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Aurizon 5000 Class locomotive 5008 and 5020 Class locomotive 5021 with an Up coal train, Lochinvar, New South Wales, 8 April 2017.

One Rail Australia GWU Class locomotives GWU012, GWU004 and GWU011 hauling an empty coal train at High Street, near Maitland, 20 December 2021.

Hunter Valley Coal Trains

David Matheson

 24 December 2021

Numerous loaded and empty coal trains pass through the Hunter Valley in New South Wales each day.  It is one of the best places in Australia for observers to see freight trains in action. Lengthy trains are hauled by a variety of locomotive classes, and there is a range of vantage points that are safe and publicly accessible.

 

Hunter Valley Coal Chain (HVCC)

Coal trains in the Hunter Valley are part of the Hunter Valley Coal Chain (HVCC), which consists of coal producers (or mines), rail haulage operators, railway track manager (Australian Rail Track Corporation), three export terminals, port managers and the Hunter Valley Coal Chain Coordinator.

 

The Hunter Valley coal chain is the largest coal export operation in the world. Coal is moved distances of up to 450 km. There are approximately 40 coal mines, which are owned by 11 coal producers. Four rail freight operators deliver to three coal terminals, with over 20,000 train movements and more than 1600 vessels loaded each year.

 

Port Waratah Coal Services and Newcastle Coal Infrastructure Group are two separate companies that are responsible for receiving, stockpiling and loading coal onto vessels for export. Port Waratah Coal Services owns and manages two coal terminals: the Kooragang Coal Terminal is located on Kooragang Island and has a capacity of 120 million tonnes per annum (mtpa); the Carrington Coal Terminal, also referred to as Port Waratah, is located in the suburb of Carrington and has a capacity of 25 mtpa. Newcastle Coal Infrastructure Group owns and operates the Newcastle Coal export terminal, which is also located on Kooragang Island, has a capacity of 70.1 mtpa.

 

Railway infrastructure

Almost all coal from mines in the Hunter Valley region is transported by rail. A large number of mines are clustered in the area west and north-west of Singleton, including Bulga, Liddell, Mount Arthur, Newdell and Ravensworth. Other mines are located near Gunnedah, Ulan, Cessnock, Lake Macquarie and Stratford.

 

The railway network in the Hunter Valley is owned by the New South Wales Government and leased to the Australian Rail Track Corporation (ARTC). This lease commenced on 5 September 2004 and extends for 60 years. ARTC manages and maintains the railway lines that form the network. Agreements are entered into between the coal producers, rail haulage operators and the ARTC for access to the rail network. Coal trains use the same tracks as other passenger and freight trains in some places, but there are also dedicated freight lines used only by coal trains travelling between mines and ports.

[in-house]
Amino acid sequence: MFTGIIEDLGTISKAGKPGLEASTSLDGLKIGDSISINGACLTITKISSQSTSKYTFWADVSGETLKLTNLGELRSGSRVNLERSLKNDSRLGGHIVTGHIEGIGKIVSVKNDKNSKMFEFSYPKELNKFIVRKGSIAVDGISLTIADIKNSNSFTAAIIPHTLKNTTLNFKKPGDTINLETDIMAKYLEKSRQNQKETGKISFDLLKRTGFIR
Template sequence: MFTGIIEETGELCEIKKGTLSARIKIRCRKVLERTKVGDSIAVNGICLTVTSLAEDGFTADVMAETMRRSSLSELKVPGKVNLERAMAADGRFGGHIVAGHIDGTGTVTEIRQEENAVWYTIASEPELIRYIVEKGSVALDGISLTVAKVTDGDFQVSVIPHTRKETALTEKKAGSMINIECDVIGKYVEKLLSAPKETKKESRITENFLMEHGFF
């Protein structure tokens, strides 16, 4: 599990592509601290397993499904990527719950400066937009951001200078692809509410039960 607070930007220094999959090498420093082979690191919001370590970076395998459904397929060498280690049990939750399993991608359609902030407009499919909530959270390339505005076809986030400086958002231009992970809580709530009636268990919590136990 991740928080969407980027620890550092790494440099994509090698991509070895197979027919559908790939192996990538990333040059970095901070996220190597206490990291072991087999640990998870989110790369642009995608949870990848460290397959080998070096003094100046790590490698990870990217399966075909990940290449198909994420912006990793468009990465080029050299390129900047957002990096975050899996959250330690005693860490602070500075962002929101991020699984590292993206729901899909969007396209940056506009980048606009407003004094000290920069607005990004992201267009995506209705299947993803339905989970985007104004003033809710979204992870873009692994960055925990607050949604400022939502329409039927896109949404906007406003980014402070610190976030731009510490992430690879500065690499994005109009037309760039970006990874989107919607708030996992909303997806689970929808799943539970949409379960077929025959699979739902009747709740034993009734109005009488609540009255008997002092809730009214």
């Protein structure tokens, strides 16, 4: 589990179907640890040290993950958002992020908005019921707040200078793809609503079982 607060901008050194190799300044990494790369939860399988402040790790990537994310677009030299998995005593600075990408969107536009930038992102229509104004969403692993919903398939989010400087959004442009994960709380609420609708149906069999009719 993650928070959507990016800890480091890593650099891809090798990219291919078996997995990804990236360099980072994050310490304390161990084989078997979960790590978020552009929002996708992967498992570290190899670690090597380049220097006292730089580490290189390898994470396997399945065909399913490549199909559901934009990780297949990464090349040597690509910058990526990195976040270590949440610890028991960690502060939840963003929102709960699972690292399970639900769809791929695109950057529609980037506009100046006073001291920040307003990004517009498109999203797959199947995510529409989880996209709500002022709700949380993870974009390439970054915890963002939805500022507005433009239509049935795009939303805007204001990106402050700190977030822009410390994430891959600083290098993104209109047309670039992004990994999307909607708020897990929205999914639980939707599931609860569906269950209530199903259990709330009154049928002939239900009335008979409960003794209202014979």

The coal terminals at Port Waratah and on Kooragang Island are located to the north-east of the Main North railway line. Dedicated lines for coal trains run from Port Waratah and Kooragang Island to Maitland. Coal trains use the ‘coal roads’, which are next to the two Main North lines used by other trains. These coal roads enable coal trains to operate without having to compete for track access with other trains. The line to Port Waratah leaves the main line between Broadmeadow and Waratah, and a flyover between Waratah and Warabrook takes the coal roads under the main lines. The line to Kooragang Island diverts from the main line between Warabrook and Sandgate, with a flyover between Sandgate and Hexham taking the main lines over the coal roads.

 

Coal trains travel along the main lines between Maitland and Muswellbrook, and the line is mostly double track. A third track enabling overtaking movements runs between Farley (near Maitland) and Greta, and also between Branxton and Whittingham (between Branxton and Singleton). Trains servicing mines in the Ulan area travel along a single track line that branches from the Main North line at Muswellbrook. This line is not used by regular passenger trains. Trains servicing mines near Gunnedah travel further north-west along the single track Main North line from Muswellbrook. Trains servicing mines in the Stratford area travel along the North Coast line from Maitland. This line is single track north of Telarah. Coal trains to mines in the Cessnock area previously travelled south along lines owned by South Maitland Railways from East Greta Junction, just to the west of Maitland, although services are not currently operating to this area. Mines near Lake Macquarie are reached by trains that travel along the Main North Line to the south from Islington Junction.